Numbers vs. Need

Sep 16, 2012 by

Numbers vs. Need

Kudos to anyone who has a working schedule in place.  Now the question is can your schedule be implemented with quality and consistency.  Talking with colleagues in several states, I noted for some, caseload management is a huge issue.  Almost all full time therapists have big numbers.  Many report 60 to 90 students on a caseload.  Some of these therapists have speech language assistants and some don’t.  A good assistant can be somewhat helpful but the ultimate responsibility for the student’s programming falls on the therapists shoulders.

Over the years I’ve been lucky to work on occasion with principals, team leaders and even special education directors who for the most part were aware of caseload numbers and sometimes understood need differences.  I’ve learned over the years to advocate for myself in terms of the time needed to adequately service my caseload.  Sometimes the administration listened and sometimes there was no money to listen.

When assessing the needs of any special needs caseload wether it be the special education teachers caseload, the speech therapists caseload, the school psychologist caseload, the team facilitator’s caseload and even classroom placement, the students needs not just the number of students needs to be looked at.  As speech therapists, we know that 60 students with developmental articulation needs is a lot easier to manage than 60 language learning disabled kids.  Our caseloads are never that straight forward either.  Within a group of 60 students, a typical speech language pathologist will service a variety of disabilities ranging from simple articulation errors, to language learning disabled, to low cognitive, to specific disabilities such as Aspergers and autism, to physical disabilities effecting communication and everything in between.

If a therapist has 60 students on a caseload they might miss 60-180 hours of therapy just attending annual meetings.  Thats 10-20 days of therapy and at least 6 meetings a month. We can write IEP’s that involve articulation and development language delay in our sleep but children who have more complex needs, their IEP’s require more time and thought.  At least a fourth if not more of the students on the caseload will require a 3 year re-evaluation.  Comprehensive speech and language evaluations take anywhere from 6-12 hours to complete dependent on the students needs and if you include write up time.  That’s another 90 hours or 15 days of therapy.  it is almost impossible to build in time for meetings and testing when caseload numbers are big.  My point is the larger the caseload numbers the more therapy will be cancelled due to other tasks because most of those tasks have to meet mandated deadlines.  If the student is a more involved student all those housekeeping tasks take more time too.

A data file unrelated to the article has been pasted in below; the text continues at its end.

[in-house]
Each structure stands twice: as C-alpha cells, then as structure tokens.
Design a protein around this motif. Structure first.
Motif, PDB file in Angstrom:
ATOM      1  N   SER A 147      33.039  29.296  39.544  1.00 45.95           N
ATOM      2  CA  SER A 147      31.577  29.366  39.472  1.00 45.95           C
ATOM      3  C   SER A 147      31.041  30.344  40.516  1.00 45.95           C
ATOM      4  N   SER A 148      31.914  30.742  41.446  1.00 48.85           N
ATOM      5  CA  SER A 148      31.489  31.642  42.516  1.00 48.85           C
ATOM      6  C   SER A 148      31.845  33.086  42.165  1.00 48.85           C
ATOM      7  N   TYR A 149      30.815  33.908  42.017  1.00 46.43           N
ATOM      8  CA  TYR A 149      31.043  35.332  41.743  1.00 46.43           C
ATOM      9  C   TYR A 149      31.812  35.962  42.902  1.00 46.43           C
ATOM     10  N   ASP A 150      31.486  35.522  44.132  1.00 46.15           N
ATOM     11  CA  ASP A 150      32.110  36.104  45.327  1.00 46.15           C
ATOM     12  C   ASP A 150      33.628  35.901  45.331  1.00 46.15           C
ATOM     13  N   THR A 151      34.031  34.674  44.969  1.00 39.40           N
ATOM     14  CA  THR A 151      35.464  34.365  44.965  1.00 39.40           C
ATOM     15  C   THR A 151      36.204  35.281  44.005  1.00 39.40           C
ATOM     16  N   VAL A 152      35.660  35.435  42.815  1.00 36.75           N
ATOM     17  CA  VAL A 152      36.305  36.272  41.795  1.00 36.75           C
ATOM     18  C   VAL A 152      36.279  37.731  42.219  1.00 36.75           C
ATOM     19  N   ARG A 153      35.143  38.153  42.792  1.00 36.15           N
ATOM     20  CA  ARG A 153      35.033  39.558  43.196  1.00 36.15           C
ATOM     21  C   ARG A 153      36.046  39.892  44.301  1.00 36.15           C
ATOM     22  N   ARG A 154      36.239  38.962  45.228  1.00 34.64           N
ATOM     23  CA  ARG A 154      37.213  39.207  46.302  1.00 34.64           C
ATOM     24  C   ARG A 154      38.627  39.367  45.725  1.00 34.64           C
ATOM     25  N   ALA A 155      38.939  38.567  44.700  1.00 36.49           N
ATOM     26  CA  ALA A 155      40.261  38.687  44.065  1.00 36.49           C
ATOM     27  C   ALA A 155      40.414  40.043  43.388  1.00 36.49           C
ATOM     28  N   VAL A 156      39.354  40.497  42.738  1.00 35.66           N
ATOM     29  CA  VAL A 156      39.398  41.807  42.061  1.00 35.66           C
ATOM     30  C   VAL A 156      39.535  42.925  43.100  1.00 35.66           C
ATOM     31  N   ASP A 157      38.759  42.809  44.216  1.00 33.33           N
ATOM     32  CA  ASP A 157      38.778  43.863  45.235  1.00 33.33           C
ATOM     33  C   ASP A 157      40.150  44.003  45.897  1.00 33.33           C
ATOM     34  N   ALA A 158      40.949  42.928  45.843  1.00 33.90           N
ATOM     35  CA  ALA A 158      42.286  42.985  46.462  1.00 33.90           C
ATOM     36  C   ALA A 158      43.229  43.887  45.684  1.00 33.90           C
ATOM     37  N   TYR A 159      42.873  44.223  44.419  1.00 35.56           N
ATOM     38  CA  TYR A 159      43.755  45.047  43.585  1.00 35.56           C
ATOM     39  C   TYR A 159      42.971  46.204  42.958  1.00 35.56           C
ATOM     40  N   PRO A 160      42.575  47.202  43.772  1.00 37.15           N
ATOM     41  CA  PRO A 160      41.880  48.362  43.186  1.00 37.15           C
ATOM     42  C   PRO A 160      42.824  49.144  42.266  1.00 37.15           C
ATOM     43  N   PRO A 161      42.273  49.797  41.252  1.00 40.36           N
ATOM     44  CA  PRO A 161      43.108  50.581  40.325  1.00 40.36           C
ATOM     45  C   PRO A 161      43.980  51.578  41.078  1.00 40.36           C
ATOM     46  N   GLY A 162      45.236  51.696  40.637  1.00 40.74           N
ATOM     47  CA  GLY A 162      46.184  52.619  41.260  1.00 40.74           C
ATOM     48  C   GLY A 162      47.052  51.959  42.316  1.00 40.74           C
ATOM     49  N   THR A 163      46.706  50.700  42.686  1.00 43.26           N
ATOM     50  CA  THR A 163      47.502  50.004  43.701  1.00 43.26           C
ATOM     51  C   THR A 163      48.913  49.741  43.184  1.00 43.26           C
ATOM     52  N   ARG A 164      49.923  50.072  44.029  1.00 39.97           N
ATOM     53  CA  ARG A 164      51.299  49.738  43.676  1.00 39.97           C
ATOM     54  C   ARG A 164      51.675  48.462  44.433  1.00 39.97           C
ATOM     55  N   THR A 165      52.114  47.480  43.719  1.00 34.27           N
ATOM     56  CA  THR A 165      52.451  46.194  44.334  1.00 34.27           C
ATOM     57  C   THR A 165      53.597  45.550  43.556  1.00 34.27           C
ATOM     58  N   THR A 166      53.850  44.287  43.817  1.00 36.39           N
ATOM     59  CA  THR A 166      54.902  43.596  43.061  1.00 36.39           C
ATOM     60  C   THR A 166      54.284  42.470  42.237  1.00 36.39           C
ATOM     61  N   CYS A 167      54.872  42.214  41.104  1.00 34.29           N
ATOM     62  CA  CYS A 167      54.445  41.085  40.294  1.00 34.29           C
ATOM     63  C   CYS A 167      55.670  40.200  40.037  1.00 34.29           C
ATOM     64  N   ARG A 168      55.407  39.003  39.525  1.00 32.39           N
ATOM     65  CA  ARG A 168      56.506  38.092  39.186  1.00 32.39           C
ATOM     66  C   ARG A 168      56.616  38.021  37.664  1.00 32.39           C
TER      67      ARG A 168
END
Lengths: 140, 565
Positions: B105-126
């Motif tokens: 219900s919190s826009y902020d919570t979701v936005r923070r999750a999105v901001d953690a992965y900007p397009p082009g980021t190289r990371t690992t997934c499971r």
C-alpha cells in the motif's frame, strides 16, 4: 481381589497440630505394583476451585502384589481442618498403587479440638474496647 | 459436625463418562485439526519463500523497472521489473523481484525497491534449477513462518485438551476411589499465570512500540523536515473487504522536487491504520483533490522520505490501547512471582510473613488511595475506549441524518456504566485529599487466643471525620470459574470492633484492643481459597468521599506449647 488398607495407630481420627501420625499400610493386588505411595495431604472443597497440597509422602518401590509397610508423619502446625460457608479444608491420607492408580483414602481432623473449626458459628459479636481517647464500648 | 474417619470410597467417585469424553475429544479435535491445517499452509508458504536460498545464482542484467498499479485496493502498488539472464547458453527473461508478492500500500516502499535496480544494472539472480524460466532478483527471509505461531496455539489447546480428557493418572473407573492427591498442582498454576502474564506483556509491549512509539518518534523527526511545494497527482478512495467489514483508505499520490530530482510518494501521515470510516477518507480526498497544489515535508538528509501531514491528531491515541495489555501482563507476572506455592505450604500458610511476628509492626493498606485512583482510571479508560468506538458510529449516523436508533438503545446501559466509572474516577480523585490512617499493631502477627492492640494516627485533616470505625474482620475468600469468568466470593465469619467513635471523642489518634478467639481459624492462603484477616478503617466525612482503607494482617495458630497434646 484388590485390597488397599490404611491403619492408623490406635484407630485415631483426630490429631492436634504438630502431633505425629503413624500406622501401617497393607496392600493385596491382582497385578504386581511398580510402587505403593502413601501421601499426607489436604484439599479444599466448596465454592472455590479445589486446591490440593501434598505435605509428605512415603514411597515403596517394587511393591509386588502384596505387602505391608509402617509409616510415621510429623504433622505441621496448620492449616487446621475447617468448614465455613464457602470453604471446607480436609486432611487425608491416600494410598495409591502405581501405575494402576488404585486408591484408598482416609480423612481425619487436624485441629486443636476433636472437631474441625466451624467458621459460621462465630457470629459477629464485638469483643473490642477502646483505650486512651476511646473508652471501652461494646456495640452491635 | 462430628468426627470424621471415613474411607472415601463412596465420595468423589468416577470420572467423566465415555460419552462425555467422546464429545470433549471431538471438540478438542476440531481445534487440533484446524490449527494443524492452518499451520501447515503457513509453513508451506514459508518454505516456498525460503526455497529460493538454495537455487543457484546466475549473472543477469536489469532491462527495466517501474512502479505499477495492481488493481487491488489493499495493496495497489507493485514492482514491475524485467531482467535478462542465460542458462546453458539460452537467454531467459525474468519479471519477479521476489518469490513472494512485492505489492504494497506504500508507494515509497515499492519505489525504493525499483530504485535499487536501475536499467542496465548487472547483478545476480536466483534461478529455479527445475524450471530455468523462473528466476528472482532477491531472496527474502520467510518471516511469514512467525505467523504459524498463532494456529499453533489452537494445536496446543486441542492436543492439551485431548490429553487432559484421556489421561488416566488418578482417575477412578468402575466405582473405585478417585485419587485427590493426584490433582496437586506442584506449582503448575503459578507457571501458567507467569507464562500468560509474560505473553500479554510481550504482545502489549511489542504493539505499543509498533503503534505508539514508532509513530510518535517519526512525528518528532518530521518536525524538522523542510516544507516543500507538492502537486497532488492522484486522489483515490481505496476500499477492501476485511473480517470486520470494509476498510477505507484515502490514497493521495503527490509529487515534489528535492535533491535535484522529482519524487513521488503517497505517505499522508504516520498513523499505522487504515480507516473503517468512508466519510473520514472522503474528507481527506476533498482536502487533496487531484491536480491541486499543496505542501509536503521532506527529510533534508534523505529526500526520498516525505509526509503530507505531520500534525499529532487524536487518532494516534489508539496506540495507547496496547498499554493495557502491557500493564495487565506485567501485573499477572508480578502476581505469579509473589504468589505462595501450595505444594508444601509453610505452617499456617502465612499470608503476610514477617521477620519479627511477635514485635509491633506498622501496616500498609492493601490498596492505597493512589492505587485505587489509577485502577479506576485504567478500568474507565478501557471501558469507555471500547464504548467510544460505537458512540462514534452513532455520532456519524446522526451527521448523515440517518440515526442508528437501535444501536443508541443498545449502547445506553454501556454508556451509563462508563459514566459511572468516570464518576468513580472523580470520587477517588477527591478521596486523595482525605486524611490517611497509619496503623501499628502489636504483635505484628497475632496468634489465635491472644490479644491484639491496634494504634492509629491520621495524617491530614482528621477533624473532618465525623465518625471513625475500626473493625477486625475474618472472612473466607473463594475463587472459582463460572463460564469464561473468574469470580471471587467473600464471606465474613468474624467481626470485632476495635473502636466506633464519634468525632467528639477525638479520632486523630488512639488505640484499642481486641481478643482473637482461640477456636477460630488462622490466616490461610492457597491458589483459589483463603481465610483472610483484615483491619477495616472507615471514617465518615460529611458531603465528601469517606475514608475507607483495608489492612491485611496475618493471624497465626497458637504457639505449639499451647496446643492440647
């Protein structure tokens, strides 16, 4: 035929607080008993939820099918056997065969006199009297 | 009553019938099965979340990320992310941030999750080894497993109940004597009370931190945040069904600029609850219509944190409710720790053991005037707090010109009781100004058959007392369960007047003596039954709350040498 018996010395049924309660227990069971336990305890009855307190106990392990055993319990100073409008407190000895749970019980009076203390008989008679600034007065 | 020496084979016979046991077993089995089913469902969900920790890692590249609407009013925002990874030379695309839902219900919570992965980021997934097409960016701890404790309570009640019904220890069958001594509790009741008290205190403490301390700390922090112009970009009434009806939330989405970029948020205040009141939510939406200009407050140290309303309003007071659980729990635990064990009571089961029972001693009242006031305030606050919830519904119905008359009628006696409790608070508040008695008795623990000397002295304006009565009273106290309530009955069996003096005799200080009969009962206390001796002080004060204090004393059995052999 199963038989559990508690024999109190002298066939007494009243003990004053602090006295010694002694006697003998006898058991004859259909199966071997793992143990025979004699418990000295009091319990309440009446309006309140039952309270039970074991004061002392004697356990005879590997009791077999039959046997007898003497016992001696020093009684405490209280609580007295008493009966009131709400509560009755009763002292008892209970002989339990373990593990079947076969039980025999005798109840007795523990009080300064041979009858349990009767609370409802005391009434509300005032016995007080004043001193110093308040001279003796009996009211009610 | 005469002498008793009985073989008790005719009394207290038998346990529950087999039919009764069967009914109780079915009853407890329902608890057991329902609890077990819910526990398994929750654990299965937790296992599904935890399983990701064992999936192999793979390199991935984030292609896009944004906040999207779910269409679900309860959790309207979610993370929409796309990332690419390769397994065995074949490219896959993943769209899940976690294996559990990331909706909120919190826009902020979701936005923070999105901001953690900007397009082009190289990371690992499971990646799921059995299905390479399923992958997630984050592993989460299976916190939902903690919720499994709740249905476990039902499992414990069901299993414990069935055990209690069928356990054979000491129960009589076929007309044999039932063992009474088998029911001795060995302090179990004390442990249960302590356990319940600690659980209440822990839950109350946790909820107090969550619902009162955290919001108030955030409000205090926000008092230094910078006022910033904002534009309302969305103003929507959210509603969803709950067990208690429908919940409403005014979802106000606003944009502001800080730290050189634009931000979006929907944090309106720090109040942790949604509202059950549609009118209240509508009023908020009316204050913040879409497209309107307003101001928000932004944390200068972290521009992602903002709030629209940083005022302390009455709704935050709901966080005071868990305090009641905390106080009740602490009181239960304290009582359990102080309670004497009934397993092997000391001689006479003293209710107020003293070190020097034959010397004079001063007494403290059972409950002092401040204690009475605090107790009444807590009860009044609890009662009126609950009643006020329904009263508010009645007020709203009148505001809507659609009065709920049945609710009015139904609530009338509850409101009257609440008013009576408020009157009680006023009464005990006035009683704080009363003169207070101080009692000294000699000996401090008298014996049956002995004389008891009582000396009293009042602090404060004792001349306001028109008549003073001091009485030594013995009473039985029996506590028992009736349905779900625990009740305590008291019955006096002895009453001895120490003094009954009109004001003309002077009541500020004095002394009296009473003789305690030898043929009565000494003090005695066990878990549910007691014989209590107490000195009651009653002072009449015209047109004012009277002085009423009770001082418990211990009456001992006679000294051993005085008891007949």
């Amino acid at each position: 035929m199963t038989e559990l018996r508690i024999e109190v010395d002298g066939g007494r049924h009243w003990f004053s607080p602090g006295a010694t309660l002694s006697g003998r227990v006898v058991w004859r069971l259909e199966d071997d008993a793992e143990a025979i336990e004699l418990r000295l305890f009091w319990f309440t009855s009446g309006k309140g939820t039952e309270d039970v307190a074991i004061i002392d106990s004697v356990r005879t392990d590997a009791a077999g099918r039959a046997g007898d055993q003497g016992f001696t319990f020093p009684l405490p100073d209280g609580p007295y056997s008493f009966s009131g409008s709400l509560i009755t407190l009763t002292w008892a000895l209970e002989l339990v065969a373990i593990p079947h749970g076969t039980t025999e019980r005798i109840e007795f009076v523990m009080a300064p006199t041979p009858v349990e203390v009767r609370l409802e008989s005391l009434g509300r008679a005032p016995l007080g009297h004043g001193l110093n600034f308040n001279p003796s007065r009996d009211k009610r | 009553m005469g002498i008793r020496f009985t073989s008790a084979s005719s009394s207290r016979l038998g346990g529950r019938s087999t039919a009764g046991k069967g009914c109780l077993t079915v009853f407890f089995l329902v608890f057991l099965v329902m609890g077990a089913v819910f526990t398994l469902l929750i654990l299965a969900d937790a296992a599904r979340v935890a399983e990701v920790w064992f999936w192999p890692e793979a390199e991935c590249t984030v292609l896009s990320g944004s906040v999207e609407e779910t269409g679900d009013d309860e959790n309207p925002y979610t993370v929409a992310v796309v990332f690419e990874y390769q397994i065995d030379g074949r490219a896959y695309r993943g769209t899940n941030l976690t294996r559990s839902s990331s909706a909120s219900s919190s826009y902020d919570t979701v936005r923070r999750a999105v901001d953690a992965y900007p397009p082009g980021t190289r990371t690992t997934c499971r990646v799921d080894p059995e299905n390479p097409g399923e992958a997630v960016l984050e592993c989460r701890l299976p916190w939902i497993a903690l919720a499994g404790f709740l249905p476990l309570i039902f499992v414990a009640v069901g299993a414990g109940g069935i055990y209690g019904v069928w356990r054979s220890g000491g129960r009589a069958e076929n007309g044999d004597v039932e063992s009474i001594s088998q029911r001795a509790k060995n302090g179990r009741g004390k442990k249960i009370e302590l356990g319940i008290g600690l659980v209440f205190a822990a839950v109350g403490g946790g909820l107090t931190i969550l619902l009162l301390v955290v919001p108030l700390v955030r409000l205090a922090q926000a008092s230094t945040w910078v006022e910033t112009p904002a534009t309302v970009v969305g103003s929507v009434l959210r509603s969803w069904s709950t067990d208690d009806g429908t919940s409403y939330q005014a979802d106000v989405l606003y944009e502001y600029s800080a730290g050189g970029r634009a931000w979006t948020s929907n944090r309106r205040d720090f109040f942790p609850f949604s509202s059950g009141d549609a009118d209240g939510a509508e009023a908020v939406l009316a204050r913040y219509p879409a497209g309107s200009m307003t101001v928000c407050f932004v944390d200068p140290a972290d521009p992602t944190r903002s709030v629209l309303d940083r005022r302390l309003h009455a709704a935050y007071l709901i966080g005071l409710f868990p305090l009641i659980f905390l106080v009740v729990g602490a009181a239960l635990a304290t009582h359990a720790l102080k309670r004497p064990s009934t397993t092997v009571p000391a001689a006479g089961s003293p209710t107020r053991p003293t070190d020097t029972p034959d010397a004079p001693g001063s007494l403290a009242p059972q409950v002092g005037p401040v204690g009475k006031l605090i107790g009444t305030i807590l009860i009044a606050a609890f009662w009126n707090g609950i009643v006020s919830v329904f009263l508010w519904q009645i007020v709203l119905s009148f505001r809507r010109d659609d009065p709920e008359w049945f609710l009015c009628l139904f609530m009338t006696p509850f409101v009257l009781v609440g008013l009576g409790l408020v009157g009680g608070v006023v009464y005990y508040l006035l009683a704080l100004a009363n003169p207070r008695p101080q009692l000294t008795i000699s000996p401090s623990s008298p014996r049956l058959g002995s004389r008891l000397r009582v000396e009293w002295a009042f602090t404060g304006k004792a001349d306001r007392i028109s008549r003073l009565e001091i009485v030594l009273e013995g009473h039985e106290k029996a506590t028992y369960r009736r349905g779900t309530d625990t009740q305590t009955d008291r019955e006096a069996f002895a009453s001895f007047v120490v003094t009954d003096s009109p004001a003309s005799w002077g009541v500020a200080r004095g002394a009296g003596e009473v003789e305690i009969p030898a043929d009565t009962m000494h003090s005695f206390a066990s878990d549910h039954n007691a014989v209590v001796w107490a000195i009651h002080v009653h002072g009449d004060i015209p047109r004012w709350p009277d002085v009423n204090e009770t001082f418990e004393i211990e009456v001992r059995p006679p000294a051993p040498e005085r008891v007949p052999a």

Administrators, please look at caseload need when determining how many therapists you need to service your school or district. Ask your therapists what their caseload needs are not just how many students they have.  Look at the schedule and see if it is even physically possible to schedule students and allow for adequate meeting and paperwork time.  If a school schedule does not accommodate special education students and their needs it is your responsibility to initiate change.  Speech therapists often need more paperwork time because almost every student we see has unique and significant needs.  Canceling therapy is unacceptable as a solution.

Parents, at your team meeting, ask outright how many students there are on the therapists caseload.  Parents don’t hesitate to question class size and caseload size is no different.  If you don’t like hearing that the therapist has to service over 60 students in a week. question them as to how the therapist will manage to give your child what they need.

Therapists, advocate for yourself and speak up.  If your caseload so challenging, numbers are too high and need is too great, that the children are not getting what they need and you have to cancel therapy on a regular basis, your caseload is too difficult to manage.  You are not a failure if you have impossible parameters to work with.  Make a list of the issues and present it to your principal, special education director and team facilitator.  If you don’t educate them on caseload needs they will never understand.  Even if it doesn’t help your immediate situation it may change they way they look at things in the future.  Point out that an assistant is not always the answer since you have to supervise them and most are not qualified to work with more involved students.

Not all caseloads are created equal.  Therapists and teachers know this.  Caseload management is an issue that is talked about a lot among therapists and teachers.  We know the problems but nothing will be done about it until we are able to educate our administrators on need vs. numbers.

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1 Comment

  1. Thank you for writing about this. Caseload size is a topic of concern for me, despite residing in a state with an abundance of SLPs. I find that students are frequently over identified as possessing speech-language disorders and consequently drive numbers up.

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